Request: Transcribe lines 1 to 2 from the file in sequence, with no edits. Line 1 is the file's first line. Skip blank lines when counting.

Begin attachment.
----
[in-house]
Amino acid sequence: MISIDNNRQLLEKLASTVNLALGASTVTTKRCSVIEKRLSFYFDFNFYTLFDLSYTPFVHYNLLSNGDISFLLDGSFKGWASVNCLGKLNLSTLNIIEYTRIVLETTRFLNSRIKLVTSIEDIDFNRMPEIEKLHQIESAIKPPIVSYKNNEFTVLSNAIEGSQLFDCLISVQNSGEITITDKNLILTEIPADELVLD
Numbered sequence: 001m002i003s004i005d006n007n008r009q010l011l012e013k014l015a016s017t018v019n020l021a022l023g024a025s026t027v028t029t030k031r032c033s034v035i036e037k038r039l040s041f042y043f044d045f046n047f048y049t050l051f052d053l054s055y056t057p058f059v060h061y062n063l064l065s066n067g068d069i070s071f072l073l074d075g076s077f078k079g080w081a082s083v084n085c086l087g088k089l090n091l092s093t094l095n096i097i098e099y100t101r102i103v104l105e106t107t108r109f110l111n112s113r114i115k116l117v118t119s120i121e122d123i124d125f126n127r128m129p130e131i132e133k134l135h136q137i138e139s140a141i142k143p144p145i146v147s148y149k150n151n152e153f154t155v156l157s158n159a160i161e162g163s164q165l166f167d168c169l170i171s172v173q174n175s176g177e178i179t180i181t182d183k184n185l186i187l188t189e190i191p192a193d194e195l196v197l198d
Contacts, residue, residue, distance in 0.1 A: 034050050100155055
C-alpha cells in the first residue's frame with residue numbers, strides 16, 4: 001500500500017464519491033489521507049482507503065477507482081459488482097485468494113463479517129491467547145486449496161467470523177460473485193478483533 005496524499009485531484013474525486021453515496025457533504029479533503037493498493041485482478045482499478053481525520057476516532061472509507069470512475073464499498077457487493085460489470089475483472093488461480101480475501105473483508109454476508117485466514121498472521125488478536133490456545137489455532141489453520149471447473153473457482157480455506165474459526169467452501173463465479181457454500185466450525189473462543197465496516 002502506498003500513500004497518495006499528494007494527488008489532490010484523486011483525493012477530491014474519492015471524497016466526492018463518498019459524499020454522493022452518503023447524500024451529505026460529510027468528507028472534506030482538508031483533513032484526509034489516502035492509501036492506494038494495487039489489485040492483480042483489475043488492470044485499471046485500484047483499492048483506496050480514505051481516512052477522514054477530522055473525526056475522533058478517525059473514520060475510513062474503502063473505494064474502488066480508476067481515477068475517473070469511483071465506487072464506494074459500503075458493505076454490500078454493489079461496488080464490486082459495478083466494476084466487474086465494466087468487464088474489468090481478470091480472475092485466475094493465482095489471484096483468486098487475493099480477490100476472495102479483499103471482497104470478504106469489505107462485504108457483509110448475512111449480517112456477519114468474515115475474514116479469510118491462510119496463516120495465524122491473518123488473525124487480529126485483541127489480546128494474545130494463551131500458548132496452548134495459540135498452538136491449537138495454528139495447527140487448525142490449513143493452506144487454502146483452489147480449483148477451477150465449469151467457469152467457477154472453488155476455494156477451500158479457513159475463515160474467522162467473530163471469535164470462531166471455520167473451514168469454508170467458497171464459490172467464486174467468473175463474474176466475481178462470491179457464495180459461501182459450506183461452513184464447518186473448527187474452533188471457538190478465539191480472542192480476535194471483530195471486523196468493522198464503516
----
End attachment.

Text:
[in-house]
Amino acid sequence: MISIDNNRQLLEKLASTVNLALGASTVTTKRCSVIEKRLSFYFDFNFYTLFDLSYTPFVHYNLLSNGDISFLLDGSFKGWASVNCLGKLNLSTLNIIEYTRIVLETTRFLNSRIKLVTSIEDIDFNRMPEIEKLHQIESAIKPPIVSYKNNEFTVLSNAIEGSQLFDCLISVQNSGEITITDKNLILTEIPADELVLD